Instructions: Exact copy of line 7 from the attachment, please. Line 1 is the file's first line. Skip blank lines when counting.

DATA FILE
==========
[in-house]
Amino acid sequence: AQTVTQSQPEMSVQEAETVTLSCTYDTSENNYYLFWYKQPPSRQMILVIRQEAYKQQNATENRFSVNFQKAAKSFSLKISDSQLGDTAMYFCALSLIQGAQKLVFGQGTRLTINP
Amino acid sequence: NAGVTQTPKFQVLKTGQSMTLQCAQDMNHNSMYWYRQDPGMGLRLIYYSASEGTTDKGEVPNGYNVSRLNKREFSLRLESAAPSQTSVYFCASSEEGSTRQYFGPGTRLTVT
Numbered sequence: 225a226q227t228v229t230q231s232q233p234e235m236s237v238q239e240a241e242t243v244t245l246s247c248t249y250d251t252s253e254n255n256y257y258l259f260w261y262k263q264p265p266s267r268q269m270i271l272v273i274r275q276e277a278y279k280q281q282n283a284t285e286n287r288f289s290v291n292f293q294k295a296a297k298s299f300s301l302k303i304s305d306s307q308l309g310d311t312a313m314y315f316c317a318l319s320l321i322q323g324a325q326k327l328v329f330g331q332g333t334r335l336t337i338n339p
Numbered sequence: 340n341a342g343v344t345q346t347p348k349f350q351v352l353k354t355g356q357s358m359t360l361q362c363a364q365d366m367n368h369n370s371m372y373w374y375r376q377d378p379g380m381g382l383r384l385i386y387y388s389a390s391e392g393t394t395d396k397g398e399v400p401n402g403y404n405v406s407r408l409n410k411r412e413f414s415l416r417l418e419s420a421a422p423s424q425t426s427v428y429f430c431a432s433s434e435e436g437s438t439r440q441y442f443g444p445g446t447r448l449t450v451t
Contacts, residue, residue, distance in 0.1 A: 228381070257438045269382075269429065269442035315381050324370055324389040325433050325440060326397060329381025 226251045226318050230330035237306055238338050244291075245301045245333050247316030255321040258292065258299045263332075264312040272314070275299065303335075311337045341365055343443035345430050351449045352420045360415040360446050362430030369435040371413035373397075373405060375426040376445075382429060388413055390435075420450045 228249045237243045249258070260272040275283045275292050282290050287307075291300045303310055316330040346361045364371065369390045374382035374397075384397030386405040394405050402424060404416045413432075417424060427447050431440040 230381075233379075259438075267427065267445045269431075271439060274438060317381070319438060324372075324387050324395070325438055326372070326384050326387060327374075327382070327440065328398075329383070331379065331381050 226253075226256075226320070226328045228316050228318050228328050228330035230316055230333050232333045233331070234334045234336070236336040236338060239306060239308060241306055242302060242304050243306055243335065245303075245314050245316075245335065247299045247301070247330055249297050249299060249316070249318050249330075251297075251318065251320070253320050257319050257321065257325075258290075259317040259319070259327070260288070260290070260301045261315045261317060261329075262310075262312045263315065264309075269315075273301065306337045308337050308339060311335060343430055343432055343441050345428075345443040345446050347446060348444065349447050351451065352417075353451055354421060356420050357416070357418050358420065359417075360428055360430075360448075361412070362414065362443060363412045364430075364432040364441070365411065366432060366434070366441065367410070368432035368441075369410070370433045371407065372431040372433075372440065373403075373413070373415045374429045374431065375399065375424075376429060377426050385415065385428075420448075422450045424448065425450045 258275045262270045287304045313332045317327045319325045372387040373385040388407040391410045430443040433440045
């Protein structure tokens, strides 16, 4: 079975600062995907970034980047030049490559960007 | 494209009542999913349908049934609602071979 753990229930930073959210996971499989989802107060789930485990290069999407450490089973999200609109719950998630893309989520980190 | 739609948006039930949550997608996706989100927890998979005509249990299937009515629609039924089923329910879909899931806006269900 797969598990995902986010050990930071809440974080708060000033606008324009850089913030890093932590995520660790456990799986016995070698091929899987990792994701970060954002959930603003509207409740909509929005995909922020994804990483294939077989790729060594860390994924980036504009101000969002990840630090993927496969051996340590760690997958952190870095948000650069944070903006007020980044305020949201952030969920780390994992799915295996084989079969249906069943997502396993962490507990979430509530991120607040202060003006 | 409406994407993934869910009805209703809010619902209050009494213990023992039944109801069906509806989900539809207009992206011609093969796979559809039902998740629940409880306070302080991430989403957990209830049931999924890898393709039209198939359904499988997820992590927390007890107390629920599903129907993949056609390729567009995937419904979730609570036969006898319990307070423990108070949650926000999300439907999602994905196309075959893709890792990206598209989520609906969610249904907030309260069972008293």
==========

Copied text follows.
């Protein structure tokens, strides 16, 4: 079975600062995907970034980047030049490559960007 | 494209009542999913349908049934609602071979 753990229930930073959210996971499989989802107060789930485990290069999407450490089973999200609109719950998630893309989520980190 | 739609948006039930949550997608996706989100927890998979005509249990299937009515629609039924089923329910879909899931806006269900 797969598990995902986010050990930071809440974080708060000033606008324009850089913030890093932590995520660790456990799986016995070698091929899987990792994701970060954002959930603003509207409740909509929005995909922020994804990483294939077989790729060594860390994924980036504009101000969002990840630090993927496969051996340590760690997958952190870095948000650069944070903006007020980044305020949201952030969920780390994992799915295996084989079969249906069943997502396993962490507990979430509530991120607040202060003006 | 409406994407993934869910009805209703809010619902209050009494213990023992039944109801069906509806989900539809207009992206011609093969796979559809039902998740629940409880306070302080991430989403957990209830049931999924890898393709039209198939359904499988997820992590927390007890107390629920599903129907993949056609390729567009995937419904979730609570036969006898319990307070423990108070949650926000999300439907999602994905196309075959893709890792990206598209989520609906969610249904907030309260069972008293």